It is not easy to go through the fire. But indeed, I have seen for myself that it is necessary for us to go through it for us to learn more about ourselves. I completely agree with Sorge that God allows us to go through this wilderness experience "to reveal ourselves to us."

When we have been a Christian for quite sometime, it is easy for us to fall into the trap of complacency. We even sometimes rationalize our actions and tend to be legalistic about things when all that matters more than anything else is our personal relationship with the Lord. Thus, God in His mercy, brings us back to our senses by allowing us to go through the wilderness experience until we completely learn to abandon ourselves in complete reliance to Him.

"Real wisdom is realizing our continual dependence upon God to give us His wisdom moment by moment." - Bob Sorge

Wednesday, June 14, 2006

The Enchanted Island...

IT'S NOT CALLED CAPE ENGAÑO FOR NOTHING. This cove in Palaui Island of the now-getting-famous Santa Ana, Cagayan North, is truly enchanting. I'm pretty sure the Spaniards who first set foot on this little island before they built the once majestic Faro de Cabo Engaño in the late 1800's fell under the spell of this enchanted island. The same spell that binds every stranger who willingly takes on the beckoning of the hills -- that strong presence so enticing you can't refuse.

I've been to Cape Engaño twice this summer and I swear I'll be back. I love the waters -- so clear and so cool. There's nothing more refreshing than the ice-cold seawater under the heat of the sun. But the best and more rewarding part of it all is the awesome sight on top of Cape Engaño where the lighthouse sits like a princess waiting for her beloved. I will never get tired of going up over and over again. It is not a very easy way up, I should tell you. A steep 20-minute or so walk uphill some 95 meters above sea level, that is. But swear, I will gladly do it again and again. The sight on top is just breathtaking you cannot have enough of it in two or three climbs.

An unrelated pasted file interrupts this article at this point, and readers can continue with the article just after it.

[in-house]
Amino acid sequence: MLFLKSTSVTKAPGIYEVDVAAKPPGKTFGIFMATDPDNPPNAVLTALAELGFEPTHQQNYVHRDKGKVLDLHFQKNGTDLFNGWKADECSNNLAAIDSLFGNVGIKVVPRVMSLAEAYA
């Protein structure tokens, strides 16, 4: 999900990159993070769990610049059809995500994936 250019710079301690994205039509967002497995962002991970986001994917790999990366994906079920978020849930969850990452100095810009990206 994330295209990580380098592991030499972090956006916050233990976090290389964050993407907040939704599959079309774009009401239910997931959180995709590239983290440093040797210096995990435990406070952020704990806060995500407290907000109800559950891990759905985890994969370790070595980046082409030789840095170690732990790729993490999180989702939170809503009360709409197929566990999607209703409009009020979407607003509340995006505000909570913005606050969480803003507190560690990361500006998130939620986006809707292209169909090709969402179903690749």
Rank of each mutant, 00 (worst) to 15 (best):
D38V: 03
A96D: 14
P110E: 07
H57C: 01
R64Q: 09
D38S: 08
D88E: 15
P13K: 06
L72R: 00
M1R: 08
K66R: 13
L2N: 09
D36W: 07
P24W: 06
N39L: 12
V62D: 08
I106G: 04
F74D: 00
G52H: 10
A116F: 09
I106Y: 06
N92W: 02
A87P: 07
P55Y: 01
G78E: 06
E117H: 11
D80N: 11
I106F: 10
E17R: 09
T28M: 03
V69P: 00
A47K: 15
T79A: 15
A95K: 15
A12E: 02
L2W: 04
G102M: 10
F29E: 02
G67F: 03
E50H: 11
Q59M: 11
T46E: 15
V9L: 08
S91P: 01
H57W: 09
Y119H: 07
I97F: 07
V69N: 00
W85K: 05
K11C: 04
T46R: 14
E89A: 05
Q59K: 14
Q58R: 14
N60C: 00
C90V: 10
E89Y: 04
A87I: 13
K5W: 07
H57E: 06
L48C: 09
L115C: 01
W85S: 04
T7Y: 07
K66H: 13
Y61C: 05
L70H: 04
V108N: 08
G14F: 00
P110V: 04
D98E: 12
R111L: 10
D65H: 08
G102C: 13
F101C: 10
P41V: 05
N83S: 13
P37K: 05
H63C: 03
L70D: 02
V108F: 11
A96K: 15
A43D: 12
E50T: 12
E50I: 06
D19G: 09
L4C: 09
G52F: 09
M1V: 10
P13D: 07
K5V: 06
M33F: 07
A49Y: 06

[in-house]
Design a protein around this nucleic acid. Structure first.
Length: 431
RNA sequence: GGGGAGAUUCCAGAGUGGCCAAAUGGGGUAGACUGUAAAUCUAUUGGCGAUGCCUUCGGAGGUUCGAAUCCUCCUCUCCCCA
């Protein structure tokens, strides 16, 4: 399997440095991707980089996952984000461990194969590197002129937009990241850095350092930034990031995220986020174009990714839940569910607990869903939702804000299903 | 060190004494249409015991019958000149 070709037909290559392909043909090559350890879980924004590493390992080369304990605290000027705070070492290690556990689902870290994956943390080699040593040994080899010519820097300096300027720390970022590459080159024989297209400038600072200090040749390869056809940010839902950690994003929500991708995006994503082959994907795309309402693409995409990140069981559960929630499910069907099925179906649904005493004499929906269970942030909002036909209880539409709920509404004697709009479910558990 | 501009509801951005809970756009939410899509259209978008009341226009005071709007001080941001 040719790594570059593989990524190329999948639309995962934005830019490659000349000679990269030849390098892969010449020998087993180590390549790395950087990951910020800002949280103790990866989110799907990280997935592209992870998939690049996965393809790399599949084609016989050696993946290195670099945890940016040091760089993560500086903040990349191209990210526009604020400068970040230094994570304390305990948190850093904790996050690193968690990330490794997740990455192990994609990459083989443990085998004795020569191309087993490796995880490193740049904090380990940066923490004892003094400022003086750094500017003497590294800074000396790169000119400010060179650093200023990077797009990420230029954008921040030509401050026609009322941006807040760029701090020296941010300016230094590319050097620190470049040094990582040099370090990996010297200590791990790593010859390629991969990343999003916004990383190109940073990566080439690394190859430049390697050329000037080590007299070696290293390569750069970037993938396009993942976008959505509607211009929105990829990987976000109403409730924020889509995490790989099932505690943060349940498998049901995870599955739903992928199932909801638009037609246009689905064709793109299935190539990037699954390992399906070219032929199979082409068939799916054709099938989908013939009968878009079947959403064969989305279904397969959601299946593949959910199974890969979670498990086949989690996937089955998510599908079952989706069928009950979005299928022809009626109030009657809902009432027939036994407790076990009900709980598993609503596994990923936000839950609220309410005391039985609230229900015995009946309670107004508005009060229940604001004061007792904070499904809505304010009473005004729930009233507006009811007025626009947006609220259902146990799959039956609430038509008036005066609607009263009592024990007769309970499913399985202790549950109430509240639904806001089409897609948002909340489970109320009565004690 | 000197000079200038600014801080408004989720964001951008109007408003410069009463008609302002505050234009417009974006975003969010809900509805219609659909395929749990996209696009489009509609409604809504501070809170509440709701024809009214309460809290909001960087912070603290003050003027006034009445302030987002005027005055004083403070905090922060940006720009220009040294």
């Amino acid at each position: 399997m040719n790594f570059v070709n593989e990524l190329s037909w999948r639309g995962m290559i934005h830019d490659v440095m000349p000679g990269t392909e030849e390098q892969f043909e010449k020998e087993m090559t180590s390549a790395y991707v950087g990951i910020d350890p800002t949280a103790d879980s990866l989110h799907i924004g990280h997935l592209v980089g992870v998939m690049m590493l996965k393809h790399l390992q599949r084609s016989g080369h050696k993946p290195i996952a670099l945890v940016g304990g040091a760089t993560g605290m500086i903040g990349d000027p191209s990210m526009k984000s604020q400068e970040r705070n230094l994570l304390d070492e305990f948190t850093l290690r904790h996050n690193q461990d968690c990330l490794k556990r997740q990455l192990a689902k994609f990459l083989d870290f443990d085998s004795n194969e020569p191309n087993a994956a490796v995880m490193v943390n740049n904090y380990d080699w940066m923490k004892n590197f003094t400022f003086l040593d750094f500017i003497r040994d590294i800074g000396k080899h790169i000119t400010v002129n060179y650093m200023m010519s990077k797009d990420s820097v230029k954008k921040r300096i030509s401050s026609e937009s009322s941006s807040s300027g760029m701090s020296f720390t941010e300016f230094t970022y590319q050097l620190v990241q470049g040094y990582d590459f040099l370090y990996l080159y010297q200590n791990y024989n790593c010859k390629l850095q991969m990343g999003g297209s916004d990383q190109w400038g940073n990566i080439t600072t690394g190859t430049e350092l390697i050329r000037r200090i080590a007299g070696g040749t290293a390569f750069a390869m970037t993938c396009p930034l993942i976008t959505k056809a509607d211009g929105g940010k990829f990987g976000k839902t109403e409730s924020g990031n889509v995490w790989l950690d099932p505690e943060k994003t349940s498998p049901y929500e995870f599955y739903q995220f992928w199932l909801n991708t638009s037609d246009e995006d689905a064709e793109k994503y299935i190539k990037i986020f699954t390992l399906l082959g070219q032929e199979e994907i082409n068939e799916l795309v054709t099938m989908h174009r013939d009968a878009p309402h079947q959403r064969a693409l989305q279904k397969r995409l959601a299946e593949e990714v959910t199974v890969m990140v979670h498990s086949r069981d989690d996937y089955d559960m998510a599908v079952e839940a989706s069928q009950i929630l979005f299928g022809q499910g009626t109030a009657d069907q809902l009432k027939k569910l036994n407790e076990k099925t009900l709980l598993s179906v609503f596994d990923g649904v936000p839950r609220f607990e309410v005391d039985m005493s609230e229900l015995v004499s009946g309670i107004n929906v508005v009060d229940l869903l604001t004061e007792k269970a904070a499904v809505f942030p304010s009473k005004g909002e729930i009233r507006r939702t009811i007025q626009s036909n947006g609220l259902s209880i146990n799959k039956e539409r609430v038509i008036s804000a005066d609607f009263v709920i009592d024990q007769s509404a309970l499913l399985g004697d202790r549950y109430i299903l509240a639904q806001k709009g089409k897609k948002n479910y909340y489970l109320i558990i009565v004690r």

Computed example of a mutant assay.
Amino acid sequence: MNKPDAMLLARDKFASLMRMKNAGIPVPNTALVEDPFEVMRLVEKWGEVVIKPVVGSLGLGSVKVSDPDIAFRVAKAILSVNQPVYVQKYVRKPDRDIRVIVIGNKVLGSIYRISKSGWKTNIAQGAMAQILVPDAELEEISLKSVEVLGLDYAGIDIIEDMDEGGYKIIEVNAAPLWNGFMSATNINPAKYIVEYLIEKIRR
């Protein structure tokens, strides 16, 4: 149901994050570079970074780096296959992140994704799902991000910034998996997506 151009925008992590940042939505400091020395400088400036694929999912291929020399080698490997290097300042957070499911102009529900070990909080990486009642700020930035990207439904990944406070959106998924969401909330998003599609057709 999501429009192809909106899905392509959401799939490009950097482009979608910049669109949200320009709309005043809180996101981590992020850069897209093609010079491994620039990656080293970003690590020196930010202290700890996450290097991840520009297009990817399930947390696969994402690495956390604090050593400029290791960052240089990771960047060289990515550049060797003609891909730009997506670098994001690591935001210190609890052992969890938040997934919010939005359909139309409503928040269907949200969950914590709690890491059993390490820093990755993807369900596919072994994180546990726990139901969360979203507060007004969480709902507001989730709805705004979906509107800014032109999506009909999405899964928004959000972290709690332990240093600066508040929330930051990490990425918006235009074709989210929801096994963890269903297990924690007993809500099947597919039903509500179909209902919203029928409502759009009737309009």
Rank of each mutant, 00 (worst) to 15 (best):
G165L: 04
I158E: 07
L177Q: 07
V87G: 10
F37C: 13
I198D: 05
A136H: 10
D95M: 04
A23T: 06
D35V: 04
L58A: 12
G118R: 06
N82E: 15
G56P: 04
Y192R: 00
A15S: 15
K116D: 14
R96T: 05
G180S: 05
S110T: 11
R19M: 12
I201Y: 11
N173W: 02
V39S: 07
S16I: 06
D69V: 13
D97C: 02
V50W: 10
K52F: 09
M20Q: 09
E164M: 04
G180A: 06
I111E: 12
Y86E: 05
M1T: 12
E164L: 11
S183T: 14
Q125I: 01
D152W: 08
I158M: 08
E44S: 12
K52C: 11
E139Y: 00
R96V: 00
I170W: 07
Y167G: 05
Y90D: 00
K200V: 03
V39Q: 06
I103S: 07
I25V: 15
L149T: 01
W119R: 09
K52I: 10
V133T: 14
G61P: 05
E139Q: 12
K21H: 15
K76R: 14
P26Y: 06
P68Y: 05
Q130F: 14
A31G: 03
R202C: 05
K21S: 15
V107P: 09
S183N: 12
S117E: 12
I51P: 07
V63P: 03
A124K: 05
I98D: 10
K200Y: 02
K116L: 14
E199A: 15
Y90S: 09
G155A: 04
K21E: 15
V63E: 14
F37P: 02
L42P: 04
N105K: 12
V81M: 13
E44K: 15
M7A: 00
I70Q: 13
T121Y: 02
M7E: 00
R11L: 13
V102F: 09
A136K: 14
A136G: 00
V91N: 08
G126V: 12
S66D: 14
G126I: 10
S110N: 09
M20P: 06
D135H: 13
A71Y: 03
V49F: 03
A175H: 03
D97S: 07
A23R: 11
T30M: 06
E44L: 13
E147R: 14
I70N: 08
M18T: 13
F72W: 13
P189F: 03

Midway through the climb, I sat on the green grass with my friend Sheila. We basked on the wonderful scenery. Everywhere you look, you will be awed. Truly, there can only be a Divine Designer who entricately planned for all the things around us. One who designed the mountains exactly the way they are, or the colors of the sea, or the coolness of the wind...